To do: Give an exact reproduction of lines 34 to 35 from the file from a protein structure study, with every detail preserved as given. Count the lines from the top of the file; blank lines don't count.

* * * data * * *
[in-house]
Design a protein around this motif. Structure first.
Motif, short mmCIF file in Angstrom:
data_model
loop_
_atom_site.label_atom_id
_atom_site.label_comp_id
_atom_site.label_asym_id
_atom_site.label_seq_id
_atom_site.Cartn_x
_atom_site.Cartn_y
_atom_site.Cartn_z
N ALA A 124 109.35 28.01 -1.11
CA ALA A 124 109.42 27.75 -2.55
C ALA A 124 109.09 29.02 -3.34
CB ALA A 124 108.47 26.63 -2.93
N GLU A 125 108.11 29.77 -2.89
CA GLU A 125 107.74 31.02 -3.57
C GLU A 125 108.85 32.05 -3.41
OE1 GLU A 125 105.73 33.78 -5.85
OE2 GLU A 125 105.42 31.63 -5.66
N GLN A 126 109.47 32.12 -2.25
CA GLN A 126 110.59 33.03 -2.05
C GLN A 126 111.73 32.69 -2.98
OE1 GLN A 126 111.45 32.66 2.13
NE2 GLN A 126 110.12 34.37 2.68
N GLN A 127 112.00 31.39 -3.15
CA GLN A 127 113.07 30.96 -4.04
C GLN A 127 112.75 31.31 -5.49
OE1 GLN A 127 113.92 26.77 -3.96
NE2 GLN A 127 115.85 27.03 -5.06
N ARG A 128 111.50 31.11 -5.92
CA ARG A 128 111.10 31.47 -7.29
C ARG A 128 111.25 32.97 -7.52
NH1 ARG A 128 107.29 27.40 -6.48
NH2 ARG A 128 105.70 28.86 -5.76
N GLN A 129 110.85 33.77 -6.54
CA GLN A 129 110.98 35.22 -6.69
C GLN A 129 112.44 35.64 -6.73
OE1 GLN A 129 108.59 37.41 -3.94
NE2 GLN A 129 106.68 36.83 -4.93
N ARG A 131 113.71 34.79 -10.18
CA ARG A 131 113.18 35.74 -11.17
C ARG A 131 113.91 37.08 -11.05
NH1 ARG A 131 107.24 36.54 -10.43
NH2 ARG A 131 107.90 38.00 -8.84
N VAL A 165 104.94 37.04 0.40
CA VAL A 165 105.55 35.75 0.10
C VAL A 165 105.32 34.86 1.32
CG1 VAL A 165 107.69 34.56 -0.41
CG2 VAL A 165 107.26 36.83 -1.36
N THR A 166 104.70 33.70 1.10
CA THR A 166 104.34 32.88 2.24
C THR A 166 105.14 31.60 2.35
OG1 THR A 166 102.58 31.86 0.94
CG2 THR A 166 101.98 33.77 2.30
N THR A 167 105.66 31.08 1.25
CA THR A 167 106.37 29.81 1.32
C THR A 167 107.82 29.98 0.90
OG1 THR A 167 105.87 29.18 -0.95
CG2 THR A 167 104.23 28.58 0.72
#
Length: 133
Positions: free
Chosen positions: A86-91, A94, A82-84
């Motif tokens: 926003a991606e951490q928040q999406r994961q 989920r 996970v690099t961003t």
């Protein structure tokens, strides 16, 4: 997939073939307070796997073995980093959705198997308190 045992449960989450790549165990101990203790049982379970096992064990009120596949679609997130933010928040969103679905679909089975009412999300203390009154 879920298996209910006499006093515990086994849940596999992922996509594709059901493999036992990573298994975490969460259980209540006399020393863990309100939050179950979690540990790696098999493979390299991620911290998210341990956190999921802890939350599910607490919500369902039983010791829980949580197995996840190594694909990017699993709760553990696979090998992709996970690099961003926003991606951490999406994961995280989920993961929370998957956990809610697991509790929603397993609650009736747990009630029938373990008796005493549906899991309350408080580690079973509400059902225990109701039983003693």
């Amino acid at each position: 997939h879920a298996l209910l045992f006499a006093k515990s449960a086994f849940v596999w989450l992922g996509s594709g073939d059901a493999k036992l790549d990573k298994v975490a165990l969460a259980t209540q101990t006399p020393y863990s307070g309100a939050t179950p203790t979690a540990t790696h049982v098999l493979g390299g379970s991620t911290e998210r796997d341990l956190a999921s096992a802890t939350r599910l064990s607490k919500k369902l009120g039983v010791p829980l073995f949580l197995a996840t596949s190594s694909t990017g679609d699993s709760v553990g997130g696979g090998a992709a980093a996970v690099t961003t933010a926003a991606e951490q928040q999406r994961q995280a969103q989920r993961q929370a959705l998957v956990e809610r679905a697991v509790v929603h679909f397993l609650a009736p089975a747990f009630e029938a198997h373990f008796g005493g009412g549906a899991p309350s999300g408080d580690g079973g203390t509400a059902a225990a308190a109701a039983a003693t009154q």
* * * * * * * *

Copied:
C ARG A 128 111.25 32.97 -7.52
NH1 ARG A 128 107.29 27.40 -6.48